Moving forward


  • Establishing strong branding and communications strategy.
  • Continue progressing various technical studies to address the actions in the ASEAN RAP.
  • It will be good to coordinate with other regional projects on both of the above topics to continue to share knowledge and lessons learned.


  • Continue successful implementation of the project, including wrapping up all activities by January 2025.
  • Strengthen the WB external and internal communication activities to highlight the successful solutions to plastic pollution.


  • The next step for ECOWAS is to develop the regional plan to combat plastic pollution in collaboration with WAEMU and with the World Bank support.
  • Moving forward, ECOWAS and WAEMU aim to support their member states in implementing the action plan.


Increased knowledge:

Through the exchange, each of the regional project teams expressed they had learned new information and approaches from the shared experiences of the other participants. Specifically, teams articulated an increased understanding of the different activities planned by the participating regions and greater insight into the specific challenges they faced (for example, in implementing a small grants program).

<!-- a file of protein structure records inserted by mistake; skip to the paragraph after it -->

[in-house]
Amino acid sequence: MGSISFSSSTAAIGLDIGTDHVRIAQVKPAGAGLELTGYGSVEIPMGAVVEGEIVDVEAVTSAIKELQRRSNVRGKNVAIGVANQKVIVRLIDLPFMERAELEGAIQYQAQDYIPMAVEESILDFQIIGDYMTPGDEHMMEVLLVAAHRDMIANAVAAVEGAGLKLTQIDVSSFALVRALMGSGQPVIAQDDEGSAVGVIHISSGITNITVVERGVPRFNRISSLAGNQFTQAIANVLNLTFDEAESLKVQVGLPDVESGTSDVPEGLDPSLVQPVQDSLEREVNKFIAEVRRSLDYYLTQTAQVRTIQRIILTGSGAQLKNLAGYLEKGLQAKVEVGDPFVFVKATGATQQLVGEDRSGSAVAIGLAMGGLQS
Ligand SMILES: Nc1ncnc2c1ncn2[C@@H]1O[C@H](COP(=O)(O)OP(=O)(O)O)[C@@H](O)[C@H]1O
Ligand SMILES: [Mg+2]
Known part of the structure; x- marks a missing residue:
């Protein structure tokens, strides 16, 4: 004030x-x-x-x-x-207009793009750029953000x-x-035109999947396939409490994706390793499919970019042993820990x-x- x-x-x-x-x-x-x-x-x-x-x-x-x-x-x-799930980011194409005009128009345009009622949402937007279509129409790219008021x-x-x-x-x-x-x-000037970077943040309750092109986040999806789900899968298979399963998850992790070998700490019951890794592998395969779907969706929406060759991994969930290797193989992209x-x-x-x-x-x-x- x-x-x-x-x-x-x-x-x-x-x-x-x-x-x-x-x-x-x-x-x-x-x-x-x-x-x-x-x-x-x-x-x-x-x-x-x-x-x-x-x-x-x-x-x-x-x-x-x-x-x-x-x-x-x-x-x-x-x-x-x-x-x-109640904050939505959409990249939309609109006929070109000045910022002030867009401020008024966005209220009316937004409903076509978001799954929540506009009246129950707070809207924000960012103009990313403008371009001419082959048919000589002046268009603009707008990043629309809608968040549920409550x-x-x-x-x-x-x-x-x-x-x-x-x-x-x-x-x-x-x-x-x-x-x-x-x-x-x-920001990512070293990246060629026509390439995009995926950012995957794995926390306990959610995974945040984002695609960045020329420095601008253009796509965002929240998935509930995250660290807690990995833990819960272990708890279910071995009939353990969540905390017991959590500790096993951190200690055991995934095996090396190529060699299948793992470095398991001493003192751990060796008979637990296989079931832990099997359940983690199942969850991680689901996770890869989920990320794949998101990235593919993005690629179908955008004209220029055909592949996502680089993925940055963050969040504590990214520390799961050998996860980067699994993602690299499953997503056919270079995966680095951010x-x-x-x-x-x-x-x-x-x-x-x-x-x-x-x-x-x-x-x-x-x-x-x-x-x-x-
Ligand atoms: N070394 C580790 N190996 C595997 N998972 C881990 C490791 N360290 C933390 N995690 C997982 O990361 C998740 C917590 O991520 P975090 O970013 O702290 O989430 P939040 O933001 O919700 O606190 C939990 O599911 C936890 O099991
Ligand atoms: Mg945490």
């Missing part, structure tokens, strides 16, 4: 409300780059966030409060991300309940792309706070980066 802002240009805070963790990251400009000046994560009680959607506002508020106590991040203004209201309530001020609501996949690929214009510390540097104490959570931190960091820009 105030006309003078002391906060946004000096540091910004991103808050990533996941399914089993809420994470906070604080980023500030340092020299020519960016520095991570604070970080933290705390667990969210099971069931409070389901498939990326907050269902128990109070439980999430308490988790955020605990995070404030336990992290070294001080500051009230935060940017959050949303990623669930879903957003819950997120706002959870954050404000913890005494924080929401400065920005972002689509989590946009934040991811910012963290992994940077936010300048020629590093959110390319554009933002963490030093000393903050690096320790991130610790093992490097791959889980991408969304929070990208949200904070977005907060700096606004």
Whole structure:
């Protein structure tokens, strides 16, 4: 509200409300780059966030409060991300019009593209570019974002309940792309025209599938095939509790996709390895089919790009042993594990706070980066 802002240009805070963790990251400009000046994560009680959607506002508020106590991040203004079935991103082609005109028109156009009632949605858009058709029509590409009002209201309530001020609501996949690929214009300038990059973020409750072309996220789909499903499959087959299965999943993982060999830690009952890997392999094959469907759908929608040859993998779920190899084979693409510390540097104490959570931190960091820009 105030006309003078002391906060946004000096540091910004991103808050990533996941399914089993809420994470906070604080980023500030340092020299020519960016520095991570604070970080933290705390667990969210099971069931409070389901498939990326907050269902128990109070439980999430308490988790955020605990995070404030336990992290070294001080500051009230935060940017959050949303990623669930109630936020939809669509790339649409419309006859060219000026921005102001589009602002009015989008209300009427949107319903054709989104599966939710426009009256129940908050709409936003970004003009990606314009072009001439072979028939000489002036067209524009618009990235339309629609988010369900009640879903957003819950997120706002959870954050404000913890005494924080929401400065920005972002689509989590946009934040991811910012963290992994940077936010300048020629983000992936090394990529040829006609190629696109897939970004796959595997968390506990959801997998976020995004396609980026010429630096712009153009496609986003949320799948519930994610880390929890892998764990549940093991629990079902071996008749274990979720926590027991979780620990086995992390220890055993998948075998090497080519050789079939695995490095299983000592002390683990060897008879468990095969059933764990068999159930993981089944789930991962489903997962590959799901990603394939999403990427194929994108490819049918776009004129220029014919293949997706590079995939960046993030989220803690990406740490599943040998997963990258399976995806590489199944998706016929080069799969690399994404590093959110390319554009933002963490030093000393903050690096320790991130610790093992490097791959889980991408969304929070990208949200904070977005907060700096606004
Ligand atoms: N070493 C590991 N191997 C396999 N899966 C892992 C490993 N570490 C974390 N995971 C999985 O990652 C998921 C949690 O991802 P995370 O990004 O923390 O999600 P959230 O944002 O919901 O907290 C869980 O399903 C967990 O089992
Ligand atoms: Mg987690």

The SEA-MaP team also indicated they had a greater understanding within the team of the value of the ASEAN Regional Action Plan for Combatting Marine Debris in ASEAN Member States (ASEAN RAP), and planned to further utilize this document to clearly define and detail activities that are covered under SEA-MaP.

Participants from ECOWAS felt they learned from other participants regarding the development of extended produced responsibility and its enforcement. They were also intrigued by the involvement of the private sector as well as success stories from pilot projects and stakeholder engagement efforts shared by the other projects, and are eager find ways to implement similar activities in their upcoming initiatives.

Enhanced skills: